When I was a kid, my grandfather, who had come to this country as an immigrant with a tradesman skill, believed that education was the way to a better life for his kids and grandkids. Nonetheless, he held onto the idea that one should always have a trade/skill to fall back on if necessary. His world-view was that a skilled trade was something that would always be in demand somewhere – - whereas book-smart jobs or professional jobs might just evaporate one day as they had in the Great Depression. Forget how this affected me in my growing up; that is not important. Consider how my grandfather would advise anyone who might think of becoming the Head Coach of the Detroit Pistons. This is not exactly a “steady job”:
Rick Carlisle was NBA Coach-of-the-year in his first season in Detroit and then took the Pistons to the conference finals in his second year, 2003. Then they fired him.
Larry Brown came in and won the NBA Championship with the Pistons in 2004; he and the team “parted company” in 2005.
Flip Saunders then took the Pistons to three consecutive Eastern Conference finals and the team fired him.
Michael Curry was just fired as coach of the Pistons after the team finished under .500 and made an ignominious 0-4 exit from the first round of the playoffs.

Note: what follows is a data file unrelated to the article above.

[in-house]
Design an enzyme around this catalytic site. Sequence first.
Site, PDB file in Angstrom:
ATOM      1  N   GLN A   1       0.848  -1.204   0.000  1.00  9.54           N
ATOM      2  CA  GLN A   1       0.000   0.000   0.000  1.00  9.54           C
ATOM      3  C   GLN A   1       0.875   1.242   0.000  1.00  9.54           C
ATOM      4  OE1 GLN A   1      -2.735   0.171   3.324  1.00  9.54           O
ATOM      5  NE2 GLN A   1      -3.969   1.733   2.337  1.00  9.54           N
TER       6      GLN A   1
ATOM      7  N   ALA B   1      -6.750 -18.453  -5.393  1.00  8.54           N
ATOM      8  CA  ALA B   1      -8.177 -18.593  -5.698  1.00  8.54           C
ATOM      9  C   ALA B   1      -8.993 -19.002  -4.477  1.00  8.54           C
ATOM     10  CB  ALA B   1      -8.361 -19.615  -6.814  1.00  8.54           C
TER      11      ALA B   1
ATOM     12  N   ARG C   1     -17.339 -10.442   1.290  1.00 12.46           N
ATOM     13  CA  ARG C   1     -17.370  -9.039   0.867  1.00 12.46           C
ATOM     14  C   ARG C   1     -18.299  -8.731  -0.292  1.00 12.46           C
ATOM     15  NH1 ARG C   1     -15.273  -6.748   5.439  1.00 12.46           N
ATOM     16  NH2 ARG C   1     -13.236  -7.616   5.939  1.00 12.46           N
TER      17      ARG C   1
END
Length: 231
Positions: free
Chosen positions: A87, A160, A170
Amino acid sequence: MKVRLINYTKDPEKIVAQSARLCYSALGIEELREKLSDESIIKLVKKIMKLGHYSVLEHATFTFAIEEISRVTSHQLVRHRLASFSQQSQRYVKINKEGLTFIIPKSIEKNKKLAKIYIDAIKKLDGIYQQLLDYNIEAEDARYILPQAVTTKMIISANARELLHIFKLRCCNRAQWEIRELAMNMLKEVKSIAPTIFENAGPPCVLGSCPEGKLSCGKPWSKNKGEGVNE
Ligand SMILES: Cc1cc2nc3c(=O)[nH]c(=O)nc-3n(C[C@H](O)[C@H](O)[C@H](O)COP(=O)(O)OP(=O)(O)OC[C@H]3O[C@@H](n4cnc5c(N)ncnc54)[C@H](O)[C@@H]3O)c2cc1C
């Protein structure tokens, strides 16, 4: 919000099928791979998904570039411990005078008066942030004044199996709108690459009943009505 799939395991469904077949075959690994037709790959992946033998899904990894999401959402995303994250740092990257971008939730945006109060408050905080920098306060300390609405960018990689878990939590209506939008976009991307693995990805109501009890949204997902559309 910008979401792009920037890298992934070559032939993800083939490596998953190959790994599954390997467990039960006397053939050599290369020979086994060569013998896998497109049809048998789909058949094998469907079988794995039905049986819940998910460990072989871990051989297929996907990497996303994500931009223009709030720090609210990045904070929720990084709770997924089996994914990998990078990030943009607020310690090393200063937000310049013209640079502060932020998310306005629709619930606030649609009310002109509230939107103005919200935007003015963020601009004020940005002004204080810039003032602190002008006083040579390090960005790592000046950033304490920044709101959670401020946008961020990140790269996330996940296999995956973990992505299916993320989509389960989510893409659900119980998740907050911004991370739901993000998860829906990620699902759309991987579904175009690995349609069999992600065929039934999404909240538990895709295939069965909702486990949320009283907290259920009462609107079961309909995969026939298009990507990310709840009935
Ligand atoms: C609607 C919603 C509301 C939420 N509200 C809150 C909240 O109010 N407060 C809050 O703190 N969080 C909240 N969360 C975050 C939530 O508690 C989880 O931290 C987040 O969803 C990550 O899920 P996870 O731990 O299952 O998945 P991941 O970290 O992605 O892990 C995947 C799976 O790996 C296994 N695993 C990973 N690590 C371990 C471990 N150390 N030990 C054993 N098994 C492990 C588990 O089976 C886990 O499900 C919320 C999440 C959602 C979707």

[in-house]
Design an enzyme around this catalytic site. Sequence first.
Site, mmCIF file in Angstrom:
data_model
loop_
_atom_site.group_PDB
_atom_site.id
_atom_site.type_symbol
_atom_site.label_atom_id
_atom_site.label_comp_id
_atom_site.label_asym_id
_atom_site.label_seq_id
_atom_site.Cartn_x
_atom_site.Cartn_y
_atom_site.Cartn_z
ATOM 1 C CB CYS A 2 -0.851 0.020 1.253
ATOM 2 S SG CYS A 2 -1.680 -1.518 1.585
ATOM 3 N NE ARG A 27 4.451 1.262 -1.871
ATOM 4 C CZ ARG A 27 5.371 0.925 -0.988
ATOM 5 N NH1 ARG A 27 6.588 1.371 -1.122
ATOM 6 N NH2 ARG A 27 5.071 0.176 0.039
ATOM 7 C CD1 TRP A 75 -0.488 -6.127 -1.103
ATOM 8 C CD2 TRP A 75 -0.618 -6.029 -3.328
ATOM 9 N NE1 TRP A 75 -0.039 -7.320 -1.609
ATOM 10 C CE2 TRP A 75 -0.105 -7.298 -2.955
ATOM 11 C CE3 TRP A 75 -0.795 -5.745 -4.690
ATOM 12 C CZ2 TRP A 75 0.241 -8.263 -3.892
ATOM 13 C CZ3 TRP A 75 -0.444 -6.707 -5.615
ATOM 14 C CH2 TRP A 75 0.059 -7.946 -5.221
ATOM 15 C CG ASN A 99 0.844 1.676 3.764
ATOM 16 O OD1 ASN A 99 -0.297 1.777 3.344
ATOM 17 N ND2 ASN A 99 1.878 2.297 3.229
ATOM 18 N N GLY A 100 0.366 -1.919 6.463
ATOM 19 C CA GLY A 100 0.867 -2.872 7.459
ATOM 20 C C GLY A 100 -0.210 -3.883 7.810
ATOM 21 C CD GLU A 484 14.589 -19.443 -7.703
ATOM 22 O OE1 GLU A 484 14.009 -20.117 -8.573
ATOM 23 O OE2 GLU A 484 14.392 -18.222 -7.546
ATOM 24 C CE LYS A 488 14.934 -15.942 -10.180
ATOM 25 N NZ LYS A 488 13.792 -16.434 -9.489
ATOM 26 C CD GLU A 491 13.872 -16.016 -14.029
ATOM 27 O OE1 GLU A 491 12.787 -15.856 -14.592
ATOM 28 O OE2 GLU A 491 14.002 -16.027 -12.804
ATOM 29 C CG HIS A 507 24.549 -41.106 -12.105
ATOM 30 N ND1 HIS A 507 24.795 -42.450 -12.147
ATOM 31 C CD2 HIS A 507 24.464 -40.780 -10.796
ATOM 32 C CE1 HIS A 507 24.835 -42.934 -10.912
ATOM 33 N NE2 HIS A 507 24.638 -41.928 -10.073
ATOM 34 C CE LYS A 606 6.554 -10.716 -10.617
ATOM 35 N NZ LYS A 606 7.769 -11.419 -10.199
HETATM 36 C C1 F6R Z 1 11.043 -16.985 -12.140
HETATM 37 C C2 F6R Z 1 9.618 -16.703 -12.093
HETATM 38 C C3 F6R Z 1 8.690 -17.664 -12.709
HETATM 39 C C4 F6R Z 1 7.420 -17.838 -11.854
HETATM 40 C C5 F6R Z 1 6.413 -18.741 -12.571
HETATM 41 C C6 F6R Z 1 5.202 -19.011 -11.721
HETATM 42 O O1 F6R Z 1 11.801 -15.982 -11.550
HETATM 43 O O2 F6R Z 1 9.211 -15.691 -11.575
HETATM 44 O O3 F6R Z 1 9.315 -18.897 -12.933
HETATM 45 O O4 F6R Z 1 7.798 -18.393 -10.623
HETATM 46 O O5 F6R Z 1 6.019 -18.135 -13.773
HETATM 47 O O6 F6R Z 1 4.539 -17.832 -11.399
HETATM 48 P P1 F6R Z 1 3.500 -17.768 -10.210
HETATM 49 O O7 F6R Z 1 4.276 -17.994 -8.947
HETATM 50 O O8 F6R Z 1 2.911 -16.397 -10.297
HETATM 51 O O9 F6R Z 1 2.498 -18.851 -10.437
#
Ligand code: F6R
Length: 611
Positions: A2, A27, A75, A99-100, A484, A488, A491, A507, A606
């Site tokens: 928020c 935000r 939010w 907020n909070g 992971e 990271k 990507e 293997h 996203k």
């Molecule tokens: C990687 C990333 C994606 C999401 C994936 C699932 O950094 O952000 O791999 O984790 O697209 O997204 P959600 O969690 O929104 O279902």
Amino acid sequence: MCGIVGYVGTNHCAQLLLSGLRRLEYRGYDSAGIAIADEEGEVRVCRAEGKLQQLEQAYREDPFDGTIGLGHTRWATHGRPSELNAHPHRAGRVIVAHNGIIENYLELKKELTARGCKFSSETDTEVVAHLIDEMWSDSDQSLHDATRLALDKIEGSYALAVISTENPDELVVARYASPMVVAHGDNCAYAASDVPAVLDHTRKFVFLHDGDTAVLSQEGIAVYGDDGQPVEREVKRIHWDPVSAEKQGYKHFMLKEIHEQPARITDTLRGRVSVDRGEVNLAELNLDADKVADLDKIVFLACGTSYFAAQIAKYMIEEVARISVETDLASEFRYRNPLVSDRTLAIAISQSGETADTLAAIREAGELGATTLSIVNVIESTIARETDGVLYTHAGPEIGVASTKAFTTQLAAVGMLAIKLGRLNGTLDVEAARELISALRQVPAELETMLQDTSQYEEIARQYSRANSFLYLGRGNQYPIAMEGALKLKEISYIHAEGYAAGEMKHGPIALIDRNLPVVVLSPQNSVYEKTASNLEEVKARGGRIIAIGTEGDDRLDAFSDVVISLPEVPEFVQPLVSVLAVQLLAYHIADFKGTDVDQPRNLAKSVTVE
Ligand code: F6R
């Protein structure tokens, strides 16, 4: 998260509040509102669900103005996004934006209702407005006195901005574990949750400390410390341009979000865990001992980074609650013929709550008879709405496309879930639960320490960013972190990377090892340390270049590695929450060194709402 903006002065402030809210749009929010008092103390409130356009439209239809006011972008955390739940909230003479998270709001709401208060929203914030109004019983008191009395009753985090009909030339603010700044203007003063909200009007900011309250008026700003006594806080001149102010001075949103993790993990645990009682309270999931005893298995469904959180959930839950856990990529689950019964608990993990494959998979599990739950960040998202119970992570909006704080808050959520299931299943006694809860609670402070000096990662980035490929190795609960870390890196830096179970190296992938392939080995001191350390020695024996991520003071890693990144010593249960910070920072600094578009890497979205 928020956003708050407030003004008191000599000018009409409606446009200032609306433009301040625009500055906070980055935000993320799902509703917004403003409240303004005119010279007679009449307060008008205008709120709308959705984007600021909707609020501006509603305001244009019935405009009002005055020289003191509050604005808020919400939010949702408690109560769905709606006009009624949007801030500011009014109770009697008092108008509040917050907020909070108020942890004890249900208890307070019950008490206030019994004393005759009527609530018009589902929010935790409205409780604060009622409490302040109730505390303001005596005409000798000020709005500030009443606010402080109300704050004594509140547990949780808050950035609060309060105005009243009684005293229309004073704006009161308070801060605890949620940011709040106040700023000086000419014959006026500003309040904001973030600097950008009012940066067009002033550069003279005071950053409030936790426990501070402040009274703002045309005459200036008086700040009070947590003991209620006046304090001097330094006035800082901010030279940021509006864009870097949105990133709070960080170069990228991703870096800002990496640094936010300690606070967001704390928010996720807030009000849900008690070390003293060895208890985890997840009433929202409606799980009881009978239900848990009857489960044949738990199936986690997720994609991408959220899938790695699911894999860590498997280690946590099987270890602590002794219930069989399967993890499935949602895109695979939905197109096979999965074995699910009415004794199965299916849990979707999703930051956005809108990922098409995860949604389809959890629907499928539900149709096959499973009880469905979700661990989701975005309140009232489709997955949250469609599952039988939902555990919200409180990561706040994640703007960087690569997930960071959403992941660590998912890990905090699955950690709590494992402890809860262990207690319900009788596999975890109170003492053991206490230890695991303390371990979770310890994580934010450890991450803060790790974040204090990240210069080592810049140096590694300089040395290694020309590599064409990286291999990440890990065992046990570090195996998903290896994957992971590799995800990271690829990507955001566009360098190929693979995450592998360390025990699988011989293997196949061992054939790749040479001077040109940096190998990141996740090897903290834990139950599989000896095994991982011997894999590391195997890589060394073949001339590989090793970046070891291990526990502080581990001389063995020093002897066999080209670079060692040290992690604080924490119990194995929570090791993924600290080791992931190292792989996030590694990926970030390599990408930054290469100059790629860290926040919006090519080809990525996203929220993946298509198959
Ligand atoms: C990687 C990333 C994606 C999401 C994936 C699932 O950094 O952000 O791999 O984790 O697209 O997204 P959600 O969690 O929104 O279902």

It would seem as if being coach of the Detroit Pistons is about as stable a position as being a wife of Henry VIII.
Stephon Marbury is an NBA free agent. He has no agent so he speaks for himself; and evidently, what he is saying is that NBA free agents should think twice before they sign with the NY Knicks because of Coach D’Antoni’s system and because of the way the organization treats its people. Here is what he said to the NY Post:
“I wouldn’t want to play in that system. That system can’t win championships. You can’t win championships if you don’t talk about defense. In Boston, the coaches even play defense.”
This is an amazing statement from Starbury on so many levels that it could be the basis of a senior thesis on sports psychology. First of all, Stephon Marbury was never – as in not ever – a defensive minded player for the entirety of his career in the NBA. Yes, he can defend marginally better than Jason Kidd; on the other hand, a garden gnome can defend marginally better than Jason Kidd. Secondly, since Starbury has never – as in not ever – won a championship at any level past high school, what credentials does he bring to the discussion about what it takes to win a championship? He may, in fact, be absolutely correct in his assessment; but he has too much baggage with the Knicks and too little in the “accomplishments section of the ledger” over his entire career to run his mouth with any credibility here.
Yesterday, I wrote about some of the financial doings and decisions going on in the NHL. Here is another one. About a month ago, the NHL held its awards presentation ceremonies in Las Vegas. That is a great idea since this is a celebratory event and Las Vegas is a great place to go for “escape” and “vacation” and things of that ilk. Obviously, that led someone to ask the question about if there might ever be an NHL franchise in Las Vegas and reportedly George McPhee – GM of the Washington Caps – answered in this way: